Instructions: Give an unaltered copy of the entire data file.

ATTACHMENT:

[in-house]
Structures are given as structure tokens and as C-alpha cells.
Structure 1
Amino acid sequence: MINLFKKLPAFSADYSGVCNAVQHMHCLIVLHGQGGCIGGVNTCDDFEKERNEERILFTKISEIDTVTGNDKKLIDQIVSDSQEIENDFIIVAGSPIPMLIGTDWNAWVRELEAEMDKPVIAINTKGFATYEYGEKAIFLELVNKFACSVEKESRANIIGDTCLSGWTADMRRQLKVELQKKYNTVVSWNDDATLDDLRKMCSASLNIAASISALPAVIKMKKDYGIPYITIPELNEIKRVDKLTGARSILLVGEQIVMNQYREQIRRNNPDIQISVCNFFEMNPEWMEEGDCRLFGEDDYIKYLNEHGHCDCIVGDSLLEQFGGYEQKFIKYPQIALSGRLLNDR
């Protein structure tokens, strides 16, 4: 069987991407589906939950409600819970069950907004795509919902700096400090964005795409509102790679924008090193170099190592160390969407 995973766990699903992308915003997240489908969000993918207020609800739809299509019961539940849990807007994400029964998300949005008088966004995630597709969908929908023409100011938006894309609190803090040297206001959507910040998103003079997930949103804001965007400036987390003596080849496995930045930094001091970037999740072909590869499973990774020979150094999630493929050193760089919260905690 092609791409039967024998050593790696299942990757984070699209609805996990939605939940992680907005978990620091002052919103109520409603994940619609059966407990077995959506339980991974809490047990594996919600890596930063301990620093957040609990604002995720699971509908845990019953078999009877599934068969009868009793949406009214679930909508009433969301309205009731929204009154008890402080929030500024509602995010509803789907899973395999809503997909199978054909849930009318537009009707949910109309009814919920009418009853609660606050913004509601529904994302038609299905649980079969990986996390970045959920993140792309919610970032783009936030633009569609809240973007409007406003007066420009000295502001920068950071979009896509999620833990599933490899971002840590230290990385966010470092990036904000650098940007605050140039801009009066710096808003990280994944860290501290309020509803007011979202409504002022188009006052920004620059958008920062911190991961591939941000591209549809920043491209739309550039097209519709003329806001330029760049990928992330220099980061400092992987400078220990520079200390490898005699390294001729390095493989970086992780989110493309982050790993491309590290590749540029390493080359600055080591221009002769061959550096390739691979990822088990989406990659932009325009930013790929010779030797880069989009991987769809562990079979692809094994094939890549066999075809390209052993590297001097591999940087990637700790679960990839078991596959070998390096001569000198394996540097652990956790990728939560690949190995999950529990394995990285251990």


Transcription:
[in-house]
Structures are given as structure tokens and as C-alpha cells.
Structure 1
Amino acid sequence: MINLFKKLPAFSADYSGVCNAVQHMHCLIVLHGQGGCIGGVNTCDDFEKERNEERILFTKISEIDTVTGNDKKLIDQIVSDSQEIENDFIIVAGSPIPMLIGTDWNAWVRELEAEMDKPVIAINTKGFATYEYGEKAIFLELVNKFACSVEKESRANIIGDTCLSGWTADMRRQLKVELQKKYNTVVSWNDDATLDDLRKMCSASLNIAASISALPAVIKMKKDYGIPYITIPELNEIKRVDKLTGARSILLVGEQIVMNQYREQIRRNNPDIQISVCNFFEMNPEWMEEGDCRLFGEDDYIKYLNEHGHCDCIVGDSLLEQFGGYEQKFIKYPQIALSGRLLNDR
């Protein structure tokens, strides 16, 4: 069987991407589906939950409600819970069950907004795509919902700096400090964005795409509102790679924008090193170099190592160390969407 995973766990699903992308915003997240489908969000993918207020609800739809299509019961539940849990807007994400029964998300949005008088966004995630597709969908929908023409100011938006894309609190803090040297206001959507910040998103003079997930949103804001965007400036987390003596080849496995930045930094001091970037999740072909590869499973990774020979150094999630493929050193760089919260905690 092609791409039967024998050593790696299942990757984070699209609805996990939605939940992680907005978990620091002052919103109520409603994940619609059966407990077995959506339980991974809490047990594996919600890596930063301990620093957040609990604002995720699971509908845990019953078999009877599934068969009868009793949406009214679930909508009433969301309205009731929204009154008890402080929030500024509602995010509803789907899973395999809503997909199978054909849930009318537009009707949910109309009814919920009418009853609660606050913004509601529904994302038609299905649980079969990986996390970045959920993140792309919610970032783009936030633009569609809240973007409007406003007066420009000295502001920068950071979009896509999620833990599933490899971002840590230290990385966010470092990036904000650098940007605050140039801009009066710096808003990280994944860290501290309020509803007011979202409504002022188009006052920004620059958008920062911190991961591939941000591209549809920043491209739309550039097209519709003329806001330029760049990928992330220099980061400092992987400078220990520079200390490898005699390294001729390095493989970086992780989110493309982050790993491309590290590749540029390493080359600055080591221009002769061959550096390739691979990822088990989406990659932009325009930013790929010779030797880069989009991987769809562990079979692809094994094939890549066999075809390209052993590297001097591999940087990637700790679960990839078991596959070998390096001569000198394996540097652990956790990728939560690949190995999950529990394995990285251990």